Michigan Public Health is built on diverse perspectives and community voices. We engage with countless fields and diverse populations, and together we help drive forward the dialogues that guide the future of public health.

A pediatric clinic in Puerto Rico where Ashrap and colleagues recruit study participants.


Pregnancy in Puerto Rico: Protecting the Health of Women and Children by Reducing Metal Exposures

Pahriya Ashrap

During gestation, the human body grows at tremendous speeds, and even slight changes to a child’s biology during this sensitive time can dramatically alter health outcomes. Recent studies in Puerto Rico and elsewhere provide further support for the need to address even low levels of lead exposure for all pregnant women. Read more

An imprisoned person grips a chain-link fence

Mental Health, Incarceration, and COVID-19

Chanese A. Forte

In the US, ten times more people with mental health disorders are in jail or prison than in mental health facilities. The coronavirus pandemic further complicates this matter, putting incarcerated individuals at increased risk of infection. Read more

Family and friends washing a dog

A Family Perspective Approach on Pediatric IBD for Public Health Professionals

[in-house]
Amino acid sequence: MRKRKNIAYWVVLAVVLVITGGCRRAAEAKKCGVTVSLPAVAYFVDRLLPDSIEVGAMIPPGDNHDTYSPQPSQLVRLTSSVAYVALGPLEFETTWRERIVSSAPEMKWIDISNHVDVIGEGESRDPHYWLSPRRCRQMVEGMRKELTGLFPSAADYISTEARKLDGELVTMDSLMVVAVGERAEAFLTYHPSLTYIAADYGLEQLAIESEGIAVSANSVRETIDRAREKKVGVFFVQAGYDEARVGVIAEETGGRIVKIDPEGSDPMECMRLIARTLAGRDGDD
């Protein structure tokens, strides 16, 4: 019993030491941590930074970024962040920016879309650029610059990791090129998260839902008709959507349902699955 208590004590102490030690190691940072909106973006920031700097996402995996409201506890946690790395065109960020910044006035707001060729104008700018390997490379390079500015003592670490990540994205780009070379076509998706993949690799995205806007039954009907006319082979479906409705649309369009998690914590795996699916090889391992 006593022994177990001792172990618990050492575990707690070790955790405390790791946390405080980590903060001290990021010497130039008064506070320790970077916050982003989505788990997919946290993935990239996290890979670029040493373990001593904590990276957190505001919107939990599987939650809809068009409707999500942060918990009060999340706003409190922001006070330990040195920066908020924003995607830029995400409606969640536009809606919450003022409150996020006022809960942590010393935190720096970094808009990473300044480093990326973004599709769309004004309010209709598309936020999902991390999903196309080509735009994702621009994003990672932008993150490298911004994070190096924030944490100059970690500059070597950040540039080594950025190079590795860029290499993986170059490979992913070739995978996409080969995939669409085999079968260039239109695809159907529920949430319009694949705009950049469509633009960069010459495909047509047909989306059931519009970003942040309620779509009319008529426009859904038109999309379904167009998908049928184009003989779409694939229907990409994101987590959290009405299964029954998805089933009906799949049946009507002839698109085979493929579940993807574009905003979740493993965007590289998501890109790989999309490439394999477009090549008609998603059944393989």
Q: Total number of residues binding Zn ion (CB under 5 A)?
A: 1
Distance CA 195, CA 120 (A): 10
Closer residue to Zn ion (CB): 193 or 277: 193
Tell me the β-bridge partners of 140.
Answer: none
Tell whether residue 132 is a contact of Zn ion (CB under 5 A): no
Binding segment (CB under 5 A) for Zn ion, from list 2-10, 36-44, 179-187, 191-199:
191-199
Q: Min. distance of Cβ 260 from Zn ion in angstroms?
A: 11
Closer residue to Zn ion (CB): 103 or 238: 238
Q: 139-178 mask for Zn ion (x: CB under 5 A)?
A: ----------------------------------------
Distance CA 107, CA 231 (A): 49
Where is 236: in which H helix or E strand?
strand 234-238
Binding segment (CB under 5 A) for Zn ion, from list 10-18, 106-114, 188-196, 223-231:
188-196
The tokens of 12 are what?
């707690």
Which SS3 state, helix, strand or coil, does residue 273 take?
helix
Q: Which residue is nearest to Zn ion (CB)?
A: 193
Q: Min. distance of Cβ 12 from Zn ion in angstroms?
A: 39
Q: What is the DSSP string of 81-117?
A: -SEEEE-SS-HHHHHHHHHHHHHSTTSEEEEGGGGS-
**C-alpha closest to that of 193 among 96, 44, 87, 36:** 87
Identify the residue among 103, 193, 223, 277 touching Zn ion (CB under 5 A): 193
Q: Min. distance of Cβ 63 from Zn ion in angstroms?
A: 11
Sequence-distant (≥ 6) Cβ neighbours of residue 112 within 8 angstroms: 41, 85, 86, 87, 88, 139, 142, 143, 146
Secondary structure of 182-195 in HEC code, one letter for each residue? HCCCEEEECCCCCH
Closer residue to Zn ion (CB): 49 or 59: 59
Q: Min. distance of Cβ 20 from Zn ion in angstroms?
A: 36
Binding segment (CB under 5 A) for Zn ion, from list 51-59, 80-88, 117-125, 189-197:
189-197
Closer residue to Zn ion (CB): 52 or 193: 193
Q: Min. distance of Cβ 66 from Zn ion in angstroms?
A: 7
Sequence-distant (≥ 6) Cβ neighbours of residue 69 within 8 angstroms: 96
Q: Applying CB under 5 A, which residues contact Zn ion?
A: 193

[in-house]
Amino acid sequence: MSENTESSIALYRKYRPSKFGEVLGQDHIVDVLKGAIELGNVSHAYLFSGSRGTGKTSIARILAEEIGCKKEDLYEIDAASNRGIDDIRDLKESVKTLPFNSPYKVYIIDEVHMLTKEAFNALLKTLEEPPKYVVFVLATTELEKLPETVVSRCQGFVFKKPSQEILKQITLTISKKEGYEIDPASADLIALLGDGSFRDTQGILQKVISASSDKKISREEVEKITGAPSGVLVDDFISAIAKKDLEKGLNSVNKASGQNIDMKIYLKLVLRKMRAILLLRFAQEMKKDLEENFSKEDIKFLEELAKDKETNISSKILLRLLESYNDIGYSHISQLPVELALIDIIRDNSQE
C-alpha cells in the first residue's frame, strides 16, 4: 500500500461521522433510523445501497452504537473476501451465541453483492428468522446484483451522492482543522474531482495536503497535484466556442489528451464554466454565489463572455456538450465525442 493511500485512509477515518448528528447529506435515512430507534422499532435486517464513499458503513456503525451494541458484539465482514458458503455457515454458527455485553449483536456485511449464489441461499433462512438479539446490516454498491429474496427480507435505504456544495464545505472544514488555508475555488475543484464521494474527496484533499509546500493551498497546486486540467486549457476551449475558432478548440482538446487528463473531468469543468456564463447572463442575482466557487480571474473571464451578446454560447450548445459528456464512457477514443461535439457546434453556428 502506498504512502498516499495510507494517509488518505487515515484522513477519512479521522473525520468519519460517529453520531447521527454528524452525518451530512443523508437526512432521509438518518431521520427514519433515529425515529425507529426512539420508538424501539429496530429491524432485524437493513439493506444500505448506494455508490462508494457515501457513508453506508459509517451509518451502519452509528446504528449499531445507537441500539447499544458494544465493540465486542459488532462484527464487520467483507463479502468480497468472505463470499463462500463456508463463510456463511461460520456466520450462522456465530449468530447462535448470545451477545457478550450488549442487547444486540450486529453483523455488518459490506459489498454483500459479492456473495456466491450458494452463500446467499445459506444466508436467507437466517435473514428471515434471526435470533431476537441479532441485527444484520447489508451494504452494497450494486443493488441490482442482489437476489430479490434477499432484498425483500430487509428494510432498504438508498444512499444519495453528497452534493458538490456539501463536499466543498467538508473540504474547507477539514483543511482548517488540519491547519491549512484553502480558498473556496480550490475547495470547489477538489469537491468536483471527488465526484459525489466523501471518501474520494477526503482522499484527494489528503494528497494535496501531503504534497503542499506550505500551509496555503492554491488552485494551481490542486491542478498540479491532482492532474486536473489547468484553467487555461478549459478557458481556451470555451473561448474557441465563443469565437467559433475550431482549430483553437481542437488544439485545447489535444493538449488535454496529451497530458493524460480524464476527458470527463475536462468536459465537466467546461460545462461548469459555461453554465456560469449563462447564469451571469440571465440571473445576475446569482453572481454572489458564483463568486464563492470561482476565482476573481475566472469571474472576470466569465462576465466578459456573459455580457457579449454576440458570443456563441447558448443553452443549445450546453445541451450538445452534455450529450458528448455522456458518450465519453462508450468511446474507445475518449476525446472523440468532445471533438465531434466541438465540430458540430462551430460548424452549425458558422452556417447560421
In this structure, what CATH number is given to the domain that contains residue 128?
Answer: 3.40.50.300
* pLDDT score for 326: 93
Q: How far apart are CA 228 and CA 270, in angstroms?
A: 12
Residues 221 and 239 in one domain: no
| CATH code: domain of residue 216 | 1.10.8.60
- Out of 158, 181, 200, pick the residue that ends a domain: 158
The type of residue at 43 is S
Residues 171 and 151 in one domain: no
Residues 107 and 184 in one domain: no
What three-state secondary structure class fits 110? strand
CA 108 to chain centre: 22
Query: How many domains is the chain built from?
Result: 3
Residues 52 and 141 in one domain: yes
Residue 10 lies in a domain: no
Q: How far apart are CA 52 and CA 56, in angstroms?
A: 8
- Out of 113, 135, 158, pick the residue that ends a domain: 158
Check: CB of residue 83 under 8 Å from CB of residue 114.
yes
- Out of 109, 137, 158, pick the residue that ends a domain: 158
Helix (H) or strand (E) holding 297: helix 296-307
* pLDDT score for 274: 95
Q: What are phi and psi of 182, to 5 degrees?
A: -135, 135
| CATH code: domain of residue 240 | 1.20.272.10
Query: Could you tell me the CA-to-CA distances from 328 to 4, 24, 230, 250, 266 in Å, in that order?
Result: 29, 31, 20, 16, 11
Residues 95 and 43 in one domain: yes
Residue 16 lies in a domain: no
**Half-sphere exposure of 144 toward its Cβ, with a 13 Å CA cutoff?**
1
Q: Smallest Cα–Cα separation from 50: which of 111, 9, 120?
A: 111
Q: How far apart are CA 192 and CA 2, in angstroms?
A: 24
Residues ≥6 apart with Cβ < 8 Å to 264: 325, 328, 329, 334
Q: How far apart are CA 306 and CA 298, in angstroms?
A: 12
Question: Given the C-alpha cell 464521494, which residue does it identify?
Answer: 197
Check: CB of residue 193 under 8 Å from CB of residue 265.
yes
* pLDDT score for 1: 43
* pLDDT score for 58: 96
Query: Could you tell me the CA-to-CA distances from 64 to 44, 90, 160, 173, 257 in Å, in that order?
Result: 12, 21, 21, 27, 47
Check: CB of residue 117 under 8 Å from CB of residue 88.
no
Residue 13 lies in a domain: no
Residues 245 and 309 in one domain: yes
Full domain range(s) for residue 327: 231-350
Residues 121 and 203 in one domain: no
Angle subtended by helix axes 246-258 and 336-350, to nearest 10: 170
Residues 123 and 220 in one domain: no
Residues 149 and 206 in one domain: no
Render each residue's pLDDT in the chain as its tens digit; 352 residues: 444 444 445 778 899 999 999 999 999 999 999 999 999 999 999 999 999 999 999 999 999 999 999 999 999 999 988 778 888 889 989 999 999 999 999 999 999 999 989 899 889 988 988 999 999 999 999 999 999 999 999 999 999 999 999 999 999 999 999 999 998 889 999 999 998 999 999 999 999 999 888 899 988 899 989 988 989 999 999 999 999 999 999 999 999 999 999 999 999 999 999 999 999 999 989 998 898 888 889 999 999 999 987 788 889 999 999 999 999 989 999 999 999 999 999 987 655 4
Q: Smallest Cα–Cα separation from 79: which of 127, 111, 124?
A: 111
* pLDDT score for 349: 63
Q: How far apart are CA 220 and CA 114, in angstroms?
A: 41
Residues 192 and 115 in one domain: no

Kaitlyn Rau

For young children with pediatric inflammatory bowel disease, family and adult caregivers can make all the difference. Public health professionals working with pediatric IBD can employ a family perspective approach to support improved quality of life for children and their families. Read more

Micrograph of the epidermis and dermis of human finger skin.

The Worst Disease You've Never Heard Of: Caring for Children with Epidermolysis Bullosa

Bailey Brown, BS ’20

Children with epidermolysis bullosa are often called butterfly children—their skin seems to be as fragile as a butterfly’s wing. While there is no cure for EB, ongoing clinical trials have developed treatments to manage symptoms. Public health clinicians can help patients and their families build support networks by connecting them to local support groups and other families caring for children with EB. Read more